Russian criminal investigation

At the end of 2015, Nossik was under a criminal investigation under part 1 of article 282 the Russian Criminal Code (incitement of hatred or enmity) for a blog post about Syria. According to the prosecution, on 1 October 2015 Nossik published the post titled "Erase Syria from the face of the Earth", in which, according to a linguistic expertise solicited by the prosecution, "signs of inciting hatred against the Syrians, based on the national-territorial principle" were detected. The post urged President Vladimir Putin to act as he perceived Syria as a military threat to Israel. Opposition figures in Russia pointed to the irony of Nossik being brought to trial as, at the time, Russia was being accused by the West of committing war crimes in Syria during their bombing raids against forces opposing President Bashar al-Assad.

On 19 September 2016, the prosecution asked to sentence Nossik to two years imprisonment. On 3 October 2016, the Presnya court of Moscow convicted Nossik and sentenced him to a fine of 500 thousand rubles. On 15 December 2016, Moscow city court reduced the fine to 300 thousand rubles. In January 2017, an appeal to the conviction was accepted for hearing by the ECHR.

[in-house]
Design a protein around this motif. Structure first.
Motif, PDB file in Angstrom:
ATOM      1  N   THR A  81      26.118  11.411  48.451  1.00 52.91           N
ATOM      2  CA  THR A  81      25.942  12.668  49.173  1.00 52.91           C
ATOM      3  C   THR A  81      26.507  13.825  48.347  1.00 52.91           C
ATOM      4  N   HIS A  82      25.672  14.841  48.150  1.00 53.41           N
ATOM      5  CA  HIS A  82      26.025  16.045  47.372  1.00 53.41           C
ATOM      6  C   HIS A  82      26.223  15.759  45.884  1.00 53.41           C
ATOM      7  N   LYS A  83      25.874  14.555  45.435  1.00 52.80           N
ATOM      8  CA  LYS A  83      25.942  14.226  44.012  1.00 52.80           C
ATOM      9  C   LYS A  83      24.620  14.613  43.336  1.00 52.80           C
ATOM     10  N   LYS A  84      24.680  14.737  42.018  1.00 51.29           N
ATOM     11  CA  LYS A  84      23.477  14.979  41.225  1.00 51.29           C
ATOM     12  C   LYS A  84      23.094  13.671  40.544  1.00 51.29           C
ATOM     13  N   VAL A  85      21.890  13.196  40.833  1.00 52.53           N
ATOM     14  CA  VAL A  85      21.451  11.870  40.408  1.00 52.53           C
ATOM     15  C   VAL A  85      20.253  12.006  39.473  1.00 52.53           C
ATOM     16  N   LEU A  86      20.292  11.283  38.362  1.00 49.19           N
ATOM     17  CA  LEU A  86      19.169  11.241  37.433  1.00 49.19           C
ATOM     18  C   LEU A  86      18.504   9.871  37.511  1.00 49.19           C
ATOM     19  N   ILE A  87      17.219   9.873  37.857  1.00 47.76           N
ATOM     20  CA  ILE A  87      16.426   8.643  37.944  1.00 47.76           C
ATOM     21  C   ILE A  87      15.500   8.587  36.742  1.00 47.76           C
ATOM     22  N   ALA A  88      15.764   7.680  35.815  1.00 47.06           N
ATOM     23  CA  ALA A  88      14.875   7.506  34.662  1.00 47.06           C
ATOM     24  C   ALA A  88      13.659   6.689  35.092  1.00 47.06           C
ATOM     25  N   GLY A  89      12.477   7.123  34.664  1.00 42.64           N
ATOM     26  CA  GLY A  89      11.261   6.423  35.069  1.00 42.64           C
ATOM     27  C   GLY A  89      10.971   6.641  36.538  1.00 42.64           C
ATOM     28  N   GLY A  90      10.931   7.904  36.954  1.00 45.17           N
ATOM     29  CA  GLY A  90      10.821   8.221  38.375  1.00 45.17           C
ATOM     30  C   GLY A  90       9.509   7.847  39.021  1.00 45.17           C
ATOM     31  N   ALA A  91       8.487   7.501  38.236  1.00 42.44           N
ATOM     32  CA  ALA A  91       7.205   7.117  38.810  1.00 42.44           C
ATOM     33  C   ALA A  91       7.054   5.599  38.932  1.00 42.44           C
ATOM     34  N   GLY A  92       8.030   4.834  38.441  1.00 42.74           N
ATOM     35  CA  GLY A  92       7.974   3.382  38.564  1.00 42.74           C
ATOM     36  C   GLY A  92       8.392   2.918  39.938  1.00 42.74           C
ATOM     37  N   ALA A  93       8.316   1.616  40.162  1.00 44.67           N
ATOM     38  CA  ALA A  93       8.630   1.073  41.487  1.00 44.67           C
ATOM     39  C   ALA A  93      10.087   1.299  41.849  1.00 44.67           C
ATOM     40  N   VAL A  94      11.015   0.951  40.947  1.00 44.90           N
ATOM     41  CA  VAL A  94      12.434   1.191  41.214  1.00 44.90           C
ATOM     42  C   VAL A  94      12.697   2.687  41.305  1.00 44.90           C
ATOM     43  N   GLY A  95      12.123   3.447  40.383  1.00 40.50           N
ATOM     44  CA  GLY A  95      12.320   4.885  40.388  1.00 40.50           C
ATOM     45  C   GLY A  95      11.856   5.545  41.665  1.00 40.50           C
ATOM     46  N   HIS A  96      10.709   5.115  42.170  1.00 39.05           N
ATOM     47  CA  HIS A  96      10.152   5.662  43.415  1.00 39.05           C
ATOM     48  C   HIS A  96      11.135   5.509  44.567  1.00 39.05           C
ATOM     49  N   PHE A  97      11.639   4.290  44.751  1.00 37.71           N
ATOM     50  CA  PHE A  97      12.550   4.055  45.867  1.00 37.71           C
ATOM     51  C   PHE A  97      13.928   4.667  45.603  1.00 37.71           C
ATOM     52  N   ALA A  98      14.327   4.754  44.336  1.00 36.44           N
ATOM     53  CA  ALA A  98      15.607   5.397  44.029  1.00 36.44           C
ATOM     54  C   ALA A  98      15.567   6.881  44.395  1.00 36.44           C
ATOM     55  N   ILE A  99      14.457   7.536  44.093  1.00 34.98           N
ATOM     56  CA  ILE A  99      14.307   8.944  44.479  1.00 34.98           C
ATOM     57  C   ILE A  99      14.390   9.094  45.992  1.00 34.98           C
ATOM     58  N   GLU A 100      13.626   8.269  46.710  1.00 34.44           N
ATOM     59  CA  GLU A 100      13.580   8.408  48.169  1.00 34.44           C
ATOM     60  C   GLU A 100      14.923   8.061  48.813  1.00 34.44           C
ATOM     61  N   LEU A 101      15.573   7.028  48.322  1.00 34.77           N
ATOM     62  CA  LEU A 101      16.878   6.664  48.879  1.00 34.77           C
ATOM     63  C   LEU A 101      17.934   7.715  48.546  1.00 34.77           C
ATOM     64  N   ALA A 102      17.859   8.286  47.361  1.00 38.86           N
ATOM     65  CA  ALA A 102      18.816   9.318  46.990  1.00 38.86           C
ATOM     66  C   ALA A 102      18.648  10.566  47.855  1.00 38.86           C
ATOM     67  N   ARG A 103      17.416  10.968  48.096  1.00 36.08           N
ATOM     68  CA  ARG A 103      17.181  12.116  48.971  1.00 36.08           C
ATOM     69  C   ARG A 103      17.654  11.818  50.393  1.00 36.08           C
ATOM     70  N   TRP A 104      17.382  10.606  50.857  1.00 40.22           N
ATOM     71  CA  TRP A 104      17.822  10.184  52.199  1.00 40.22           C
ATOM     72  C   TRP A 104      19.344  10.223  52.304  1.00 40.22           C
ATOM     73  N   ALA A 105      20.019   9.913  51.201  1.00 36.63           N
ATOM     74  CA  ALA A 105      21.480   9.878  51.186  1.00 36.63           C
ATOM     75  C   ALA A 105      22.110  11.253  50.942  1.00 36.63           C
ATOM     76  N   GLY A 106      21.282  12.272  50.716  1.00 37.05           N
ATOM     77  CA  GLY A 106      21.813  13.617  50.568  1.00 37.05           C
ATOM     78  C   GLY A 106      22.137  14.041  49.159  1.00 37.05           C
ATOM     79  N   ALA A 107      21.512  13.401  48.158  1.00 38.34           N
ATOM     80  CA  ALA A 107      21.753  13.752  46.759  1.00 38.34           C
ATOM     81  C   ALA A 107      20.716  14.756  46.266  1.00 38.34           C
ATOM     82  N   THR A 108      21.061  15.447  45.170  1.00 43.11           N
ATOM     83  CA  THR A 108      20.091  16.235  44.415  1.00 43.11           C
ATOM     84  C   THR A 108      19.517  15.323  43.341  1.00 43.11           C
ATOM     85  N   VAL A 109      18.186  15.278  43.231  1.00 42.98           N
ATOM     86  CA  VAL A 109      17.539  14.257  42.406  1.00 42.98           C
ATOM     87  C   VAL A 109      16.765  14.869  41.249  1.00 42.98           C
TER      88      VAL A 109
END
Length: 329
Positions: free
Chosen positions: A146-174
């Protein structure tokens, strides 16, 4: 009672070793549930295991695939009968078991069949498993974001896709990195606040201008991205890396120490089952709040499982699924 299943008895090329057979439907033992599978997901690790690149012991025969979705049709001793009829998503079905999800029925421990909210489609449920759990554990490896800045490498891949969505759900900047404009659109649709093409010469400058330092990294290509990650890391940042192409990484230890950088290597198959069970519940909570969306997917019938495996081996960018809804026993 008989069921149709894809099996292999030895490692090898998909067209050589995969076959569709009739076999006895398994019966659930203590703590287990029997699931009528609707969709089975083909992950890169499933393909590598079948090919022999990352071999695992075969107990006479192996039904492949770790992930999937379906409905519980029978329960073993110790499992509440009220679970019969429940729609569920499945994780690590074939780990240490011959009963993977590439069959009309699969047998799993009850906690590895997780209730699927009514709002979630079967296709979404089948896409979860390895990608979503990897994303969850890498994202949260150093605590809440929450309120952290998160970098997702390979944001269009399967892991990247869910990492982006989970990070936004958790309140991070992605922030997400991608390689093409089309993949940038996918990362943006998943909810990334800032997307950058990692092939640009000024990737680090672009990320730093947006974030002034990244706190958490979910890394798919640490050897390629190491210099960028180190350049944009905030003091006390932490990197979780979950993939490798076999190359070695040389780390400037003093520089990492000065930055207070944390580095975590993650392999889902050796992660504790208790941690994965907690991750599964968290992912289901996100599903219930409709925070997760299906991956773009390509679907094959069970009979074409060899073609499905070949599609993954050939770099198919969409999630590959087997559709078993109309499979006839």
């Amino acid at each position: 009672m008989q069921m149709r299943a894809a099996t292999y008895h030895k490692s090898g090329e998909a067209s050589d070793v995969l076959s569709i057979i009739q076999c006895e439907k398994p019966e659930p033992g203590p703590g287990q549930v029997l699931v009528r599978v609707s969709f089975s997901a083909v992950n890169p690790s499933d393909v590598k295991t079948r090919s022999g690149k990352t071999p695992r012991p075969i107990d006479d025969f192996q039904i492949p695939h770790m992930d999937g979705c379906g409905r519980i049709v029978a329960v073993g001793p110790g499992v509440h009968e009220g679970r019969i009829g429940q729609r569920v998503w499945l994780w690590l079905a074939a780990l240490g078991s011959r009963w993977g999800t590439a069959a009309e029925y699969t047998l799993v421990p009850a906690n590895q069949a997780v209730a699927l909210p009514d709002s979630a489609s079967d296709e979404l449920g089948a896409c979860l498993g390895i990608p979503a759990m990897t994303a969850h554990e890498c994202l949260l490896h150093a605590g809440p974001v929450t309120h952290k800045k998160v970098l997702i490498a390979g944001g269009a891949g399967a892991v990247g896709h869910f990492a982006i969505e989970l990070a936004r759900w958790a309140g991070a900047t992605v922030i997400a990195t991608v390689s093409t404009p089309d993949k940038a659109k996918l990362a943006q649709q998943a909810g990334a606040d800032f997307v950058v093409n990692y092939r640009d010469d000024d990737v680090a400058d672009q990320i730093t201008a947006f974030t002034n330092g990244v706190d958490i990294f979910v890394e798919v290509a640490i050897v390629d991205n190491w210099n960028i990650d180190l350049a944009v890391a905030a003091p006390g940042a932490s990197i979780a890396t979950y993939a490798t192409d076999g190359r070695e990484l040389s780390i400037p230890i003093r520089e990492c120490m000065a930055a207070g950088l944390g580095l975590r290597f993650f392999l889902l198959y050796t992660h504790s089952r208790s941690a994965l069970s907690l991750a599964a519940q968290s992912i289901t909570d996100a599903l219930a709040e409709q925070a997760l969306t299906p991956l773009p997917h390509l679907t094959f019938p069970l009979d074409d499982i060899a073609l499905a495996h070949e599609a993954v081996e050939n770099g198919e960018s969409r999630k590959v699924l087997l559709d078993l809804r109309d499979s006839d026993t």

Nossik died from a heart attack in the night of 9 July 2017 at the age of 51 in Pirogovo, Mytishchinsky District, Moscow Oblast, in the summer house of his friends.

In the hours since his death, Russian bloggers, journalists, and media personalities have shared their memories of Nossik, whom they remember as a dogged worker who built the RuNet from the ground up, helping turn it into, in his own words, Russia's only territory of unlimited free speech. Pavel Durov, the founder of VKontakte and Telegram, wrote in a post on VKontakte on Sunday that Nossik had until his last days, stood in defense of the Internet and common sense in his precise and vivid posts on LiveJournal, where Nossik blogged. Galina Timchenko, the executive editor of the news website Meduza and a former colleague of Nossik's, wrote: For all of us at Meduza, Nossik was probably the single most important person on the Russian Internet; we consider him to be the founding father of Russian Internet journalism.

The contents of this page are sourced from Wikipedia article on 06 Jun 2020. The contents are available under the CC BY-SA 4.0 license.